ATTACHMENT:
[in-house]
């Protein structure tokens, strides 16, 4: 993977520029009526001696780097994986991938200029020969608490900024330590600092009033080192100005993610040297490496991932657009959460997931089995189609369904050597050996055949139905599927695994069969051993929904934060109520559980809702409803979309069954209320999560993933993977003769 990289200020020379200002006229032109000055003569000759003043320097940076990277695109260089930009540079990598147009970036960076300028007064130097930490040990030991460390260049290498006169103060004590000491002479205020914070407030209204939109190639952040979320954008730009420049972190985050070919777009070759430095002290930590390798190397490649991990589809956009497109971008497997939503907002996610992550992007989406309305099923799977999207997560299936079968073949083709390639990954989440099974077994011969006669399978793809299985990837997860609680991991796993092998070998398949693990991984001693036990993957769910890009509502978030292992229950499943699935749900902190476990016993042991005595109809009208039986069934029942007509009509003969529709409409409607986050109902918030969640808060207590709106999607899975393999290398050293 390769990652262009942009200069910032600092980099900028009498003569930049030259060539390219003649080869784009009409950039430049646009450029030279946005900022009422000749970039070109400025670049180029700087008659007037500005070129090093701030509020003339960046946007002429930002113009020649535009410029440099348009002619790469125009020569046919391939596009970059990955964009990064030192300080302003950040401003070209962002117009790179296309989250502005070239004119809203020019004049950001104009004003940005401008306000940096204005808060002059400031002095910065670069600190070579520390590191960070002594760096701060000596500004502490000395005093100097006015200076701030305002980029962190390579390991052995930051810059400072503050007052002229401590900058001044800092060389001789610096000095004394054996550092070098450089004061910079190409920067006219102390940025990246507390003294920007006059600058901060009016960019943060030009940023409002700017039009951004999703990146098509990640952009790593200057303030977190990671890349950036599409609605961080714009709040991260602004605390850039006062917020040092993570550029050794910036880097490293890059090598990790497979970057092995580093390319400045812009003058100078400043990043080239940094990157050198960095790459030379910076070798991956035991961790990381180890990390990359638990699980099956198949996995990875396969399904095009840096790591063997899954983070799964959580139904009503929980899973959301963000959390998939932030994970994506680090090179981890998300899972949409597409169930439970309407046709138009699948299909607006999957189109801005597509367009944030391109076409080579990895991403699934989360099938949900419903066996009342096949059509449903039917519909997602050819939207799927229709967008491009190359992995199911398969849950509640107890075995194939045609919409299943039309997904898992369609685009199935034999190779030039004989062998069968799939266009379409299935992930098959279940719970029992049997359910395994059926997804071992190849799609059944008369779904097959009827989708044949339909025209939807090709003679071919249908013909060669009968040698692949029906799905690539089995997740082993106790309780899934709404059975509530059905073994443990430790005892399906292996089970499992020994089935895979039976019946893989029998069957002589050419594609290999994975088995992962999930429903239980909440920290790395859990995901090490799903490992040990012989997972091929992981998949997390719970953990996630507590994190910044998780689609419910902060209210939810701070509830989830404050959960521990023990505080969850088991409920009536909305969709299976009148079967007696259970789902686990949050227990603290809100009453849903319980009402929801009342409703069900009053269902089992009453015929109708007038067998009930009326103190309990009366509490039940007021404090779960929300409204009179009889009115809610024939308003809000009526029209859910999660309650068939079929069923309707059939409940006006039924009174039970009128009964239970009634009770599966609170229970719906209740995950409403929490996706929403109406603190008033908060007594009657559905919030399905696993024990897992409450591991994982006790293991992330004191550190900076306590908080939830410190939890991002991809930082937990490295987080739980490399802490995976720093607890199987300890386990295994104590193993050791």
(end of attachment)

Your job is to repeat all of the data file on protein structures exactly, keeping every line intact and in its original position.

[in-house]
């Protein structure tokens, strides 16, 4: 993977520029009526001696780097994986991938200029020969608490900024330590600092009033080192100005993610040297490496991932657009959460997931089995189609369904050597050996055949139905599927695994069969051993929904934060109520559980809702409803979309069954209320999560993933993977003769 990289200020020379200002006229032109000055003569000759003043320097940076990277695109260089930009540079990598147009970036960076300028007064130097930490040990030991460390260049290498006169103060004590000491002479205020914070407030209204939109190639952040979320954008730009420049972190985050070919777009070759430095002290930590390798190397490649991990589809956009497109971008497997939503907002996610992550992007989406309305099923799977999207997560299936079968073949083709390639990954989440099974077994011969006669399978793809299985990837997860609680991991796993092998070998398949693990991984001693036990993957769910890009509502978030292992229950499943699935749900902190476990016993042991005595109809009208039986069934029942007509009509003969529709409409409607986050109902918030969640808060207590709106999607899975393999290398050293 390769990652262009942009200069910032600092980099900028009498003569930049030259060539390219003649080869784009009409950039430049646009450029030279946005900022009422000749970039070109400025670049180029700087008659007037500005070129090093701030509020003339960046946007002429930002113009020649535009410029440099348009002619790469125009020569046919391939596009970059990955964009990064030192300080302003950040401003070209962002117009790179296309989250502005070239004119809203020019004049950001104009004003940005401008306000940096204005808060002059400031002095910065670069600190070579520390590191960070002594760096701060000596500004502490000395005093100097006015200076701030305002980029962190390579390991052995930051810059400072503050007052002229401590900058001044800092060389001789610096000095004394054996550092070098450089004061910079190409920067006219102390940025990246507390003294920007006059600058901060009016960019943060030009940023409002700017039009951004999703990146098509990640952009790593200057303030977190990671890349950036599409609605961080714009709040991260602004605390850039006062917020040092993570550029050794910036880097490293890059090598990790497979970057092995580093390319400045812009003058100078400043990043080239940094990157050198960095790459030379910076070798991956035991961790990381180890990390990359638990699980099956198949996995990875396969399904095009840096790591063997899954983070799964959580139904009503929980899973959301963000959390998939932030994970994506680090090179981890998300899972949409597409169930439970309407046709138009699948299909607006999957189109801005597509367009944030391109076409080579990895991403699934989360099938949900419903066996009342096949059509449903039917519909997602050819939207799927229709967008491009190359992995199911398969849950509640107890075995194939045609919409299943039309997904898992369609685009199935034999190779030039004989062998069968799939266009379409299935992930098959279940719970029992049997359910395994059926997804071992190849799609059944008369779904097959009827989708044949339909025209939807090709003679071919249908013909060669009968040698692949029906799905690539089995997740082993106790309780899934709404059975509530059905073994443990430790005892399906292996089970499992020994089935895979039976019946893989029998069957002589050419594609290999994975088995992962999930429903239980909440920290790395859990995901090490799903490992040990012989997972091929992981998949997390719970953990996630507590994190910044998780689609419910902060209210939810701070509830989830404050959960521990023990505080969850088991409920009536909305969709299976009148079967007696259970789902686990949050227990603290809100009453849903319980009402929801009342409703069900009053269902089992009453015929109708007038067998009930009326103190309990009366509490039940007021404090779960929300409204009179009889009115809610024939308003809000009526029209859910999660309650068939079929069923309707059939409940006006039924009174039970009128009964239970009634009770599966609170229970719906209740995950409403929490996706929403109406603190008033908060007594009657559905919030399905696993024990897992409450591991994982006790293991992330004191550190900076306590908080939830410190939890991002991809930082937990490295987080739980490399802490995976720093607890199987300890386990295994104590193993050791």